The Big Green Short, asset management and me
Sustainable Finance and ESG Funding
Amongst the tsunami of news and information created around ESG over the last 10 years, most asset managers have focussed their efforts on offering ESG-labelled products to investors who want to use their investments to help manage climate change and to promote positive changes in the world.
So what’s the problem? Surely things are going in the right direction and everyone’s investments are safe, right?
But the trouble is that while this approach has seen large inbound flows of investment into green funds, there are concerns that ESG funds are not always as green as they may have seemed, and there is increasing regulatory worries that not all these green-labelled funds are quite what they seem.
Furthermore, few organizations have significant ESG knowledge and experience, and therefore lack the capability to understand the full requirements and report reliably.
Reporting on greenhouse gas emissions within your business
Like all large organizations with a European presence, asset managers, insurers and other large investors must report the greenhouse gas emissions.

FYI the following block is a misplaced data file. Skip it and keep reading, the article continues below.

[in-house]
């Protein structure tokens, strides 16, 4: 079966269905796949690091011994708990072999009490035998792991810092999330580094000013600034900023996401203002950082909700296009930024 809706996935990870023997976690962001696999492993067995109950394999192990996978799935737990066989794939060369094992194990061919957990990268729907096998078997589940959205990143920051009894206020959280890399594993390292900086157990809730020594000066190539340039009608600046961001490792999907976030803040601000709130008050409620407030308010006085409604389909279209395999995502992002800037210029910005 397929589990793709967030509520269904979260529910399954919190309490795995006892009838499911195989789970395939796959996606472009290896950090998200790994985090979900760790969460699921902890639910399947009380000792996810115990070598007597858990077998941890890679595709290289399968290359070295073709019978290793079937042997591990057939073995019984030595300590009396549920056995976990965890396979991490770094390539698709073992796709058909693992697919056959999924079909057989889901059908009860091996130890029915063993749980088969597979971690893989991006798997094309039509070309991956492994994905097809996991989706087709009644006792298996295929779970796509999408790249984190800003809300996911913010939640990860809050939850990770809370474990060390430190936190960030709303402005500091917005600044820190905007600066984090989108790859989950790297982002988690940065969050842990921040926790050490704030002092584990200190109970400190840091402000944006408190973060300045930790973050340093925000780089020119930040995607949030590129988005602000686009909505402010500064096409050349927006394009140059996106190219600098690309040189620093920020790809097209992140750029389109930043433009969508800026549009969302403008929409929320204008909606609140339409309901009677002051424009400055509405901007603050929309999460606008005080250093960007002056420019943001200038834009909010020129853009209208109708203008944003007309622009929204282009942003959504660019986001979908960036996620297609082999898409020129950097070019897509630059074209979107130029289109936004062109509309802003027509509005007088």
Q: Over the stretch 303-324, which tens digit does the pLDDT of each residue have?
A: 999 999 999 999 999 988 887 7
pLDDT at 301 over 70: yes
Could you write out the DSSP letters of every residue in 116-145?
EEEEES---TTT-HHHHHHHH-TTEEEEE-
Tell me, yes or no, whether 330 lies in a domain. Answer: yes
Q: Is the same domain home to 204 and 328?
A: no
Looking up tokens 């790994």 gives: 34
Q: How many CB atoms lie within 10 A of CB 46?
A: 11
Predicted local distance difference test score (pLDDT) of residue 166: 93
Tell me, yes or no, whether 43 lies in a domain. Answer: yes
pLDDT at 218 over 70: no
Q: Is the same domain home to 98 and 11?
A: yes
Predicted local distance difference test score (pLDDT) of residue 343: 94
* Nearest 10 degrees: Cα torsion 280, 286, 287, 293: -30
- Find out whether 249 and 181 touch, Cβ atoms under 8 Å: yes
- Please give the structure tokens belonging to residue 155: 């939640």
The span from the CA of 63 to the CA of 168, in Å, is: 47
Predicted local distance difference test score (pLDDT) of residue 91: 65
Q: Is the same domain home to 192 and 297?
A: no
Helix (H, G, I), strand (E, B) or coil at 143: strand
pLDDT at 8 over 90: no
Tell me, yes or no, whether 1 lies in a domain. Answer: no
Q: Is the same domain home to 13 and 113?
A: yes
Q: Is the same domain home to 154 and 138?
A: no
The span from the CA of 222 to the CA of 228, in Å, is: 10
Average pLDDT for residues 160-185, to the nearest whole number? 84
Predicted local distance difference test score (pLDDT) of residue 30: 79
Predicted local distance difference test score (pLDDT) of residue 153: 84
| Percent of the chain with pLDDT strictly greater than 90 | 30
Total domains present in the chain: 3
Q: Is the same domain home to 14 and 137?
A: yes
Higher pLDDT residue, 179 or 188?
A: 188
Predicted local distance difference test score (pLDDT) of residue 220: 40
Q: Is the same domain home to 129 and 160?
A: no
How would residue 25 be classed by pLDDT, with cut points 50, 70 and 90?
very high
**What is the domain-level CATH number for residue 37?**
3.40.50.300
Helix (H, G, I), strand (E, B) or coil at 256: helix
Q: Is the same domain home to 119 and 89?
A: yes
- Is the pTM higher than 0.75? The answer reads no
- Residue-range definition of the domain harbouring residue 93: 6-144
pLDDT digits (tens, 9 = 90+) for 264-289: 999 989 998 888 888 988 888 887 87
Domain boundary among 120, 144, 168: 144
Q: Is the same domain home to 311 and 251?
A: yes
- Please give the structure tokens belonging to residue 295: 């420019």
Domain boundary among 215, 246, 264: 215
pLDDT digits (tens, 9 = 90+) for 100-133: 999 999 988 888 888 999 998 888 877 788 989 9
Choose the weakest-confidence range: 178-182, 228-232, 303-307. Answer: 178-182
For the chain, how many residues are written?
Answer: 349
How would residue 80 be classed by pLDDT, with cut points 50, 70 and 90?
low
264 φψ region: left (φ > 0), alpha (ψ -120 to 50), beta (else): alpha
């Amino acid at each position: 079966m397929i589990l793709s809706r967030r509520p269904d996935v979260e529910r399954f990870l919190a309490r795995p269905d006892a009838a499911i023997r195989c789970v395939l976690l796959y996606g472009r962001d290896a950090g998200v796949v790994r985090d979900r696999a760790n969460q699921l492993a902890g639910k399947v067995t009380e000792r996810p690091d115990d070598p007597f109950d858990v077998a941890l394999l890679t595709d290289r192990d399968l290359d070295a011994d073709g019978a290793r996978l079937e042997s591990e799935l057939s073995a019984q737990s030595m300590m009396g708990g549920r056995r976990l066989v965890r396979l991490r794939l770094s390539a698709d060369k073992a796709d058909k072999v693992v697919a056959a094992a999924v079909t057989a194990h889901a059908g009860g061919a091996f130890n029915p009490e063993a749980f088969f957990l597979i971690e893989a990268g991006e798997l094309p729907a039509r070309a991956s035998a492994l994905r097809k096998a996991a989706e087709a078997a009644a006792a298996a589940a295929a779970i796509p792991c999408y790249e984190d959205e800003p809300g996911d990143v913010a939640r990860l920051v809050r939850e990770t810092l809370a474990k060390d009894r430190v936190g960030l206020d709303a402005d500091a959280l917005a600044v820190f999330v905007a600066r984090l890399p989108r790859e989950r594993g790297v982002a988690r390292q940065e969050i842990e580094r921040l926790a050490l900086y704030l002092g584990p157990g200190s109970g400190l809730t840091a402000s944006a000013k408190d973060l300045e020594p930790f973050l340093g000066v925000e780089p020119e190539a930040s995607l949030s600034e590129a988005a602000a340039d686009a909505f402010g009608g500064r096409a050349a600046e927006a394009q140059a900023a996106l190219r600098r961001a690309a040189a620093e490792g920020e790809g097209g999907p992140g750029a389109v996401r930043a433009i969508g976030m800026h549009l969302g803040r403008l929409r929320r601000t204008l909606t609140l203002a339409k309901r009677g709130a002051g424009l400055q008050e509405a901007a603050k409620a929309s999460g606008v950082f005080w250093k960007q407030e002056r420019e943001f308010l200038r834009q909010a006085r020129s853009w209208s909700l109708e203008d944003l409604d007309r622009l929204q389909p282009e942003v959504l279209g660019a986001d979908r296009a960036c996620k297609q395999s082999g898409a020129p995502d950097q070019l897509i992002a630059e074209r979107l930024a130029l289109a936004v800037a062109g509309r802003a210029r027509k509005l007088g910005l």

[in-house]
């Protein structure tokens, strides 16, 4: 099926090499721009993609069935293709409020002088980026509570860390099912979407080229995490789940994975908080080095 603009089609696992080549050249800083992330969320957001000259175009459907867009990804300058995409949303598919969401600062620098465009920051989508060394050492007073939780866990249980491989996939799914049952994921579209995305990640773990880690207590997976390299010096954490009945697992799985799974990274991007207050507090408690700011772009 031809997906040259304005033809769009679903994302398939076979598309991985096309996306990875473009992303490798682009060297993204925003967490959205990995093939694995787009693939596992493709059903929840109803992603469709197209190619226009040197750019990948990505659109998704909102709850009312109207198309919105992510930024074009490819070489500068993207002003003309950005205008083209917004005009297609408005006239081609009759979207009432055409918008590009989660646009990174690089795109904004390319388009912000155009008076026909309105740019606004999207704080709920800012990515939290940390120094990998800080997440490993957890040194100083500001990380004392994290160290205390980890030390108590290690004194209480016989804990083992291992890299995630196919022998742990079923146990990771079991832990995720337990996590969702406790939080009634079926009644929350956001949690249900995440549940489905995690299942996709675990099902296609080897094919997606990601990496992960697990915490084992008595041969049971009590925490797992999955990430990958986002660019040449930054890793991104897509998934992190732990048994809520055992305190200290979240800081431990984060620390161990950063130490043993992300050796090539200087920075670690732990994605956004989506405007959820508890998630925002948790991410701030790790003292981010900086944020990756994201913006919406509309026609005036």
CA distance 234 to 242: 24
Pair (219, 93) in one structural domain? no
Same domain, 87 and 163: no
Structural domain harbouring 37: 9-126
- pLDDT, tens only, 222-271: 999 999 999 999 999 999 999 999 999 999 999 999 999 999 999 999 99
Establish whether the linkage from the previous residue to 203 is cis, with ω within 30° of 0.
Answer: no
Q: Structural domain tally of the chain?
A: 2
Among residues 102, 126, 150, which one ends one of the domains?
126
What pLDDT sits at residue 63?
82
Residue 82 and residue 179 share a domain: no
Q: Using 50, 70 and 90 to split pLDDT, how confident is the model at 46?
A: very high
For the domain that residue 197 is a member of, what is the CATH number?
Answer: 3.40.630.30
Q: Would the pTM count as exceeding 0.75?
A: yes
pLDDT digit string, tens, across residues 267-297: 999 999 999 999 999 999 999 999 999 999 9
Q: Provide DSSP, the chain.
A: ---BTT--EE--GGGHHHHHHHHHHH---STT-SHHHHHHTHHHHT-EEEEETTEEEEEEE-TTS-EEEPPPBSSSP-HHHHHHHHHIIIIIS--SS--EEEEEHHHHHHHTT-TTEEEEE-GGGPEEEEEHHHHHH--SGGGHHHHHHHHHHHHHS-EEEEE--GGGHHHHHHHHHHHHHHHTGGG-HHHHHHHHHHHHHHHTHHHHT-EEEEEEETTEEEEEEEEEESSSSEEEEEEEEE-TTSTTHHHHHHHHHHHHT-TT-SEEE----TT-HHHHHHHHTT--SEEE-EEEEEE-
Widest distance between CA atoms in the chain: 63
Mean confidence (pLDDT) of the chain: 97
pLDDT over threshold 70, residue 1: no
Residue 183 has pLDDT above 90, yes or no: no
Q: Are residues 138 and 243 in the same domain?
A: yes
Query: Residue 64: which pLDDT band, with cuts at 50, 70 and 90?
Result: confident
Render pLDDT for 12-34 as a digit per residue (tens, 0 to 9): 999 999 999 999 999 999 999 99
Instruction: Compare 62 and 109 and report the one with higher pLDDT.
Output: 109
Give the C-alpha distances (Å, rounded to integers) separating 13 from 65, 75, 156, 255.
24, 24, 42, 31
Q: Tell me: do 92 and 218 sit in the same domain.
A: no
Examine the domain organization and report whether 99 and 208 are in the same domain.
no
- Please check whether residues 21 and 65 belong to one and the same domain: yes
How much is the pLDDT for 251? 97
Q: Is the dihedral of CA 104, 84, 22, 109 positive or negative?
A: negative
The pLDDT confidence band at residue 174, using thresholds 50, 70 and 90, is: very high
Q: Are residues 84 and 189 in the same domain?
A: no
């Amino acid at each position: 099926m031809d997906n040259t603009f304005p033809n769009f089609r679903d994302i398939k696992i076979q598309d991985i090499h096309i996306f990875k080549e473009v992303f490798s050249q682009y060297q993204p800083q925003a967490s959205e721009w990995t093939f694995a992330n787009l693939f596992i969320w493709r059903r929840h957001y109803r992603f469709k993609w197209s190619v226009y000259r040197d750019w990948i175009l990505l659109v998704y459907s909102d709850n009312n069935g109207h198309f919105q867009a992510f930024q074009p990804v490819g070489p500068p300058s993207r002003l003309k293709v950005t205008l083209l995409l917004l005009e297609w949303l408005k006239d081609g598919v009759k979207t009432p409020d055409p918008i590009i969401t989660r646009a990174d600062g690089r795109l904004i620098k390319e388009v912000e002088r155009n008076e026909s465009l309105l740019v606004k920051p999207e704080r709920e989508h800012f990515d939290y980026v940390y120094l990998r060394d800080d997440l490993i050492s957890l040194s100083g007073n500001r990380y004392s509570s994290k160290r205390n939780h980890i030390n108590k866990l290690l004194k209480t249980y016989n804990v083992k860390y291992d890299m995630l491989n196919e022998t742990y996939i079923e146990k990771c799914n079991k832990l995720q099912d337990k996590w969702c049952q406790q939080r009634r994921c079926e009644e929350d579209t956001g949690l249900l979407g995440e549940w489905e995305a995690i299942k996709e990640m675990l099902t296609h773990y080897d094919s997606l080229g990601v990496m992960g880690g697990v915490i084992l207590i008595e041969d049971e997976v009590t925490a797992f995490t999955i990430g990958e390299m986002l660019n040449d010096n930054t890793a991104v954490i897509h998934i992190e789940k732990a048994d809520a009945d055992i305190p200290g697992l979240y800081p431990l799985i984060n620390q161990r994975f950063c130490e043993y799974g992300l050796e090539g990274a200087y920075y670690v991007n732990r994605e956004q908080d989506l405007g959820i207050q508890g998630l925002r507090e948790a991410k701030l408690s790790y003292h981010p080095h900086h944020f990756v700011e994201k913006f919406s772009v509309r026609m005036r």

To date, most of the focus around ESG and asset managers has been centered on the distribution side of the business and the development and marketing of ESG-related products for investors.
This paper highlights that there are some real, practical issues with this approach.
Asset managers, insurers and other large investors should look to report on wider greenhouse gas emissions within organisations, namely on the ESG performance that their organizations make directly, the emissions that are made indirectly, and then all the emissions that the organization is indirectly responsible for, up and down the value chain.
Data lineage modeling is essential to demonstrate the source and completeness of data in your emissions reports.
The Big Green Short concept
The Big Green Short is the concept that, over time but faster than many firms are ready for, all asset prices are going to be impacted by their relative investment performance (as now) but also in the ratings and changes in ratings across ESG criteria.
This means that asset managers need to support ‘green’ investors and provide wide access to green assets. It also means that an increasing volume of investment dollars is going to be targeting ‘green’ assets.
Where asset prices are going to change in a systemic way there will be an opportunity for first movers to generate large profits by seeing increases in value of assets they hold, and the ability to exit assets which will see price falls (and even to short assets they expect to drop in value significantly).
Download this white paper to:
- discover what asset managers should do in the short term
- understand Scope 1, 2 and 3 emissions
- learn about ‘The Big Green Short’ and how to avoid falling prey to it.